A person may be using a genuine operating system, applications and of course a world class antivirus software – all of them purchased for few thousands of rupees or hundreds of dollars and nothing for free. But still he is not 100% safe in the wild west of Internet today. Because it is not just virus, trojan or any such malware – it is social engineering.
With the robust and genuine software and hardware security applications the cost of computing is going too high. The vendors are no more struck in pleasing their consumers with just the usability features. They have tightened the technology and even releasing numerous updates though they seem overwhelming to their customers. In this kind of situation, finding out new vulnerabilities in software and them trying to exploit them with viruses and trojans are not viable for the hackers. It is here where they figured a new strategy – exploiting the weakest link of a sturdy technical security system. Guess who? The human of course… It can be the administrator of the PC or a corporate network. Even luring a small employee of a corporate network into downloading something infects the network.
Kevin Metnick, a security consultant, mentions in his CSEPS Course Workbook that it is much easier to trick someone into giving a password for a system than to spend the effort to crack into the system.
Social engineering explained
The concept of Social Engineering is to directly trick the user of the computer to download malware or to reveal sensitive information under the auspice that they are doing something perfectly innocent. The task is too simple and many fall out for it for the lack of awareness on the scams being played on.
With a world class antivirus that gets 1st rank in all AV-tests and a best team releasing realtime AV definitions everyday or a robust firewall from the industry leader, is simply not helping the administrator of the computer. Because it is himself who is infecting the PC. The job of the attacker is to simply lure him to do it. However, it may not be downloading malware that the attacker wants every time. He may just lure the user into giving away some sensitive information. It ranges from SSN to credit card number.
The hacker hijacks a genuine domain or creates a genuine-looking one by himself. It is a part of website spoofing. Once the user enters the domain they are either lured into providing their personal details or download something. Selling scareware is also a part of social engineering. In fact Google reported that 90% of all domains involved in distributing fake antivirus software used social engineering techniques.
Why your antivirus can’t keep up?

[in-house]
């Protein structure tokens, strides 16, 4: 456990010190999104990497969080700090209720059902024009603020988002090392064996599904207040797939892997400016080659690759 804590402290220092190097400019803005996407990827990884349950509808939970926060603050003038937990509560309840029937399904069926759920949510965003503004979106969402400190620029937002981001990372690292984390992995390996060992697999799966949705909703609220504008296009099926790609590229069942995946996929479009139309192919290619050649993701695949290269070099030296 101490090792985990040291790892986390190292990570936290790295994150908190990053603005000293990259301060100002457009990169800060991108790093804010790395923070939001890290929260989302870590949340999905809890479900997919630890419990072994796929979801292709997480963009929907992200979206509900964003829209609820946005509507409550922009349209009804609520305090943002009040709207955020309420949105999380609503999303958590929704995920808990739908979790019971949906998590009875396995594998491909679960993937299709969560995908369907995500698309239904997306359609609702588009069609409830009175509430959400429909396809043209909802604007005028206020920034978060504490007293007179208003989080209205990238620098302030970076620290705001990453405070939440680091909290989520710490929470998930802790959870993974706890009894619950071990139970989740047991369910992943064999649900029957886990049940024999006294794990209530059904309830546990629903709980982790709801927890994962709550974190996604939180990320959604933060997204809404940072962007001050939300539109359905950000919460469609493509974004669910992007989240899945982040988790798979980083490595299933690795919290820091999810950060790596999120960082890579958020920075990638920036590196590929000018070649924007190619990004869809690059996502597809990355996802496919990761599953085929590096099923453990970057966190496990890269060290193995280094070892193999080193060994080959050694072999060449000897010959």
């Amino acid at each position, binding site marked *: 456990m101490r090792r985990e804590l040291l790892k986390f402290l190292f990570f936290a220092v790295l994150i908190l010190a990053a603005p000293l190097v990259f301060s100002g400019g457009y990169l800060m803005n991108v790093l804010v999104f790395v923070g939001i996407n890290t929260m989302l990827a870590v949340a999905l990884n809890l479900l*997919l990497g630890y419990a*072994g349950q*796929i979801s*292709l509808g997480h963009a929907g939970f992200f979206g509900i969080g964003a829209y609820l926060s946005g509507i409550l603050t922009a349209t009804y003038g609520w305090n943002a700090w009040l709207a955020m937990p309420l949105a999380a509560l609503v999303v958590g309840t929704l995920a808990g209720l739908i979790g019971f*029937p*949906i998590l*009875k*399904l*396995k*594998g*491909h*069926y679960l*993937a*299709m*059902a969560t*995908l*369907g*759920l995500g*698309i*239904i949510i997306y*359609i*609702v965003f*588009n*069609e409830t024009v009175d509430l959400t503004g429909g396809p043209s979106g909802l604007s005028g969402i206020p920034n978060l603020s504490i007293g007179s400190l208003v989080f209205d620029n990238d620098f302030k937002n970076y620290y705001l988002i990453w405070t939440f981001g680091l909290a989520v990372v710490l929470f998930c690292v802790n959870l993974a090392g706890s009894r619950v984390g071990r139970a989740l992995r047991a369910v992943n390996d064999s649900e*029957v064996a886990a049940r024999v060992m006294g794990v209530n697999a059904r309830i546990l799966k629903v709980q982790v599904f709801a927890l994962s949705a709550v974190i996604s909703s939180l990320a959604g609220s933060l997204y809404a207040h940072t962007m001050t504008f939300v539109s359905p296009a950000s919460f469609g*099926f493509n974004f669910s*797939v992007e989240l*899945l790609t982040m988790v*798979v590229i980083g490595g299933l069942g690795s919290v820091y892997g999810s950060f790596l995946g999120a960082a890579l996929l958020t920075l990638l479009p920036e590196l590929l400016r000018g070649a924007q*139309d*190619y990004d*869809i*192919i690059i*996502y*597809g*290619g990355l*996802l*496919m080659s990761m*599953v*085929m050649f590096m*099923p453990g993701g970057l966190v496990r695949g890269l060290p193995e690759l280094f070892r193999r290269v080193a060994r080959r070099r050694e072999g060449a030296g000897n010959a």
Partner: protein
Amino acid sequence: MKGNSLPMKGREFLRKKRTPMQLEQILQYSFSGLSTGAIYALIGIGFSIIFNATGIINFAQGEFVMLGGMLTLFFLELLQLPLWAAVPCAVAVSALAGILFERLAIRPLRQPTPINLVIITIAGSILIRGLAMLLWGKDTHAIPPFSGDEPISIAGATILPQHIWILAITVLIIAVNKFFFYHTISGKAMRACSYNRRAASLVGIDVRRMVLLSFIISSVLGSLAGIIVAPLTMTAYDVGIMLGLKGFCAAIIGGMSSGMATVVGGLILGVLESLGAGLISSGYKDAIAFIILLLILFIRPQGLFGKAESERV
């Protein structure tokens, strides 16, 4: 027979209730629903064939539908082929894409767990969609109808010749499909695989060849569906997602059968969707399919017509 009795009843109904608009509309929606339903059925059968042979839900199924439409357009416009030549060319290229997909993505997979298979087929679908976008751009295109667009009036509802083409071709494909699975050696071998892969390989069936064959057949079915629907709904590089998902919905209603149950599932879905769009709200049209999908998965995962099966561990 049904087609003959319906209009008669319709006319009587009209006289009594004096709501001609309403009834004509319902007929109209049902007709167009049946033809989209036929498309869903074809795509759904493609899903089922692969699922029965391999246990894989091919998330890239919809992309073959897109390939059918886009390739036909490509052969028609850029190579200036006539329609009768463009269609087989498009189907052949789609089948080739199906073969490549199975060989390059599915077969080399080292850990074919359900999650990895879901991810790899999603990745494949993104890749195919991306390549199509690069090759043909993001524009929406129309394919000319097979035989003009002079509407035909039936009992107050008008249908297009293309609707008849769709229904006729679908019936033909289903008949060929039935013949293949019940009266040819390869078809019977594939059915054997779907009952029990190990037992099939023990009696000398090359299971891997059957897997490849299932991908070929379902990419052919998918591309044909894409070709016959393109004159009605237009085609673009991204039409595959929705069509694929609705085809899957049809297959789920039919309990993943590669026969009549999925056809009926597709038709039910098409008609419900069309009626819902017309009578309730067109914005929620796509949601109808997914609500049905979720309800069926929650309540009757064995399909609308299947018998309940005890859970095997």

Each hacker holds a number of domains under him. If one is identified and taken down, the other goes up. The malware mutation used here is also rapid. Though you have the latest version of antivirus called Internet security suite, it may be too late before the vendor identifies and releases a fresh virus definition. Microsoft has gathered information about few billions of downloads over the past two years, and roughly 1 out of every 14 program downloads are later identified as malware. In few cases, just clicking on the background of the malicious site will initiate a download.
Anti social engineering: Should it be from your computer and AV or You?
You computer security is only as robust as your security awareness. Any computer, be it running on Windows XP, Vista or Windows 7, the software will not allow any data to enter your system unless you permit it by initiating its download. And if somebody tries upload any corruptive data to your system, it wouldn’t work because you never initiated it in the first place.
The popular browsers today are designed not to download blindly anything, even if it is initiated by the user himself. The browser does its job perfectly by alerting the user with details of the initiated download. (You might remember the classic pop up of the browser with a OK and Cancel options on it.)
But the hacker is clever enough to give a set of instructions including a message saying “You will receive a warning about this control. Ignore the warning and click OK”. The user unaware of the situation clicks OK and downloads the malware. The PC is now infected under the full authorization of its administrator.
In other situation, the user might get an email saying its from his bank (email spoofing from the hacker) informing that he has withdrew a huge amount from his account and a link to site what looks like his banking website. The scared user is now tricked into typing his account details and the password. In the next few hours, the account gets emptied by the hacker.
Most of the social engineering techniques run in the same way. Agreed that genuine antivirus is required to protect your PC, but it is not designed to tackle situations like this.
Here are few tips that help you help from preventing social engineering to some extent:
- The awareness of the user is the key here. Keep yourself updated on the online scams.
- Avoid using administrator privileged account for PC, unless for updating the security patches.
- Beware of unknown websites and emails that prompt you for personal information.
Most of the people fall victim for social engineering tactics either out of stupidity or greed. And unfortunately, we don’t have patches or hot-fixes for either of them. The person should also have a proper mindset to deal with social engineering tactics. A mature person is less likely to get enticed and fall for online scams.